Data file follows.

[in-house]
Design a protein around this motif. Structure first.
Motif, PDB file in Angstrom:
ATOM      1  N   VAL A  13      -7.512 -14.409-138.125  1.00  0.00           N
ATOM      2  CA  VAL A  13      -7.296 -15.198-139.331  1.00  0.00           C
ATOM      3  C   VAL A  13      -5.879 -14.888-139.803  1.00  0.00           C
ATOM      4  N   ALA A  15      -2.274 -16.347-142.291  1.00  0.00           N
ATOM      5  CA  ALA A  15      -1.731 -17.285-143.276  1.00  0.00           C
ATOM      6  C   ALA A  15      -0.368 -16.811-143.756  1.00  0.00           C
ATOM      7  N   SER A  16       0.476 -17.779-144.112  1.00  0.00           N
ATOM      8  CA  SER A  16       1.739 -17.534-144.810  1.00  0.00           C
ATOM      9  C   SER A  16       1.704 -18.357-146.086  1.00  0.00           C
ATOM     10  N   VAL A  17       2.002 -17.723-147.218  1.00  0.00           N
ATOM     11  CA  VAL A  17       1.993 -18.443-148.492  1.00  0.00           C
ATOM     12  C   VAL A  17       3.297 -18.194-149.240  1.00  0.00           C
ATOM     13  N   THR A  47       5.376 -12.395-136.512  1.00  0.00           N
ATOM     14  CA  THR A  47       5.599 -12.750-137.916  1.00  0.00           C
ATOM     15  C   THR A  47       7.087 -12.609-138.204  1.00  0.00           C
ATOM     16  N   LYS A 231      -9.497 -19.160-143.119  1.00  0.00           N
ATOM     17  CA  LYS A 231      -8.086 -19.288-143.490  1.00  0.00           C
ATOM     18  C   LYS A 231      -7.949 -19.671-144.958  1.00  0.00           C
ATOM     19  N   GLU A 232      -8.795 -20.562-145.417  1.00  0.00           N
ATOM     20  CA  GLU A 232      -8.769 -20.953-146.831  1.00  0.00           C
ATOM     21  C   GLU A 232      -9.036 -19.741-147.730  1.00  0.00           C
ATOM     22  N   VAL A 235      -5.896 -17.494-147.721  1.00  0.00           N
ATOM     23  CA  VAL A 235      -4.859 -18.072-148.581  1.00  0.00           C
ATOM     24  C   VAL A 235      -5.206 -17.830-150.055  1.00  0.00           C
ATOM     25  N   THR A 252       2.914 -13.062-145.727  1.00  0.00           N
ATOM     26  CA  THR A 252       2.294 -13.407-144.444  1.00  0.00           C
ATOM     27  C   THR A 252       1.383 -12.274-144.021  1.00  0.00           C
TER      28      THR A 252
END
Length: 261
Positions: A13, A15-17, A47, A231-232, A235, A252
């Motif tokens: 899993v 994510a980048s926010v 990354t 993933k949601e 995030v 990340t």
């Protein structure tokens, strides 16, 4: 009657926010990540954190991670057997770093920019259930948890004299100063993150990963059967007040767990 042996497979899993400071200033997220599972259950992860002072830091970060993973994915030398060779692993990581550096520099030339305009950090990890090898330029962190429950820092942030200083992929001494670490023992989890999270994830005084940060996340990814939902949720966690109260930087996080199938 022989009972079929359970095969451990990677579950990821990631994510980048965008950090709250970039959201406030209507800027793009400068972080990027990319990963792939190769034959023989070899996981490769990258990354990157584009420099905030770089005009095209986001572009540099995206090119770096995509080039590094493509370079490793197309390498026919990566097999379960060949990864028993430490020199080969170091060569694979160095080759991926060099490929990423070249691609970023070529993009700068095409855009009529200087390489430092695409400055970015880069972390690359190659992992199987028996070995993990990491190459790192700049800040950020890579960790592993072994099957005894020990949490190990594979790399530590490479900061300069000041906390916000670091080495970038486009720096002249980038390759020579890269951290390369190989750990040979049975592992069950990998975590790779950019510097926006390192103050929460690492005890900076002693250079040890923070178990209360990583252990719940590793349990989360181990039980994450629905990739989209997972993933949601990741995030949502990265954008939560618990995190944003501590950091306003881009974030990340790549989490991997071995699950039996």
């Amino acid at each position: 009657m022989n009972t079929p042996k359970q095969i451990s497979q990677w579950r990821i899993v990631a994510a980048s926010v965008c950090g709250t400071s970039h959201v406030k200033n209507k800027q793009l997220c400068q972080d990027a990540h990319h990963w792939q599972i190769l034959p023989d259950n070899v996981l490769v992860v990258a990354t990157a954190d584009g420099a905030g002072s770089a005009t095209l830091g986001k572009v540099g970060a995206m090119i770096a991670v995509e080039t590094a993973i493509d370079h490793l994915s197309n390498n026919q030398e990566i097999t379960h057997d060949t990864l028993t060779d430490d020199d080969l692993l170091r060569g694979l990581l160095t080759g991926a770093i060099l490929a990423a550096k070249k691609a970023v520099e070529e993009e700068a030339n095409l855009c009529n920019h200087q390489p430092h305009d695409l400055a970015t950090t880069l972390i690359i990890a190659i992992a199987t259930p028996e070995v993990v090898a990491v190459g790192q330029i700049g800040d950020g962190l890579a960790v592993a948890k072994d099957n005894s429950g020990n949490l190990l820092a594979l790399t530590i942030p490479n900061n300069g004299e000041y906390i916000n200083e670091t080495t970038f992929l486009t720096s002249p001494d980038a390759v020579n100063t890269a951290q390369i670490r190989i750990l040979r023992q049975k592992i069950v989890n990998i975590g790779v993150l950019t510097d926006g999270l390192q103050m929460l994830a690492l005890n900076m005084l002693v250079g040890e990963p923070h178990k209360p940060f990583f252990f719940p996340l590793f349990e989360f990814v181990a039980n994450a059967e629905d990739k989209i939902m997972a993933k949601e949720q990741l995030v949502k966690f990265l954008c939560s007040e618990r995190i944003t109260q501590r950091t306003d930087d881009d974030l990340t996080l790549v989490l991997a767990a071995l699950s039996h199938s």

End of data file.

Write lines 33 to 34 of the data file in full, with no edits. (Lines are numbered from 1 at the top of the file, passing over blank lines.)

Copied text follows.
Length: 261
Positions: A13, A15-17, A47, A231-232, A235, A252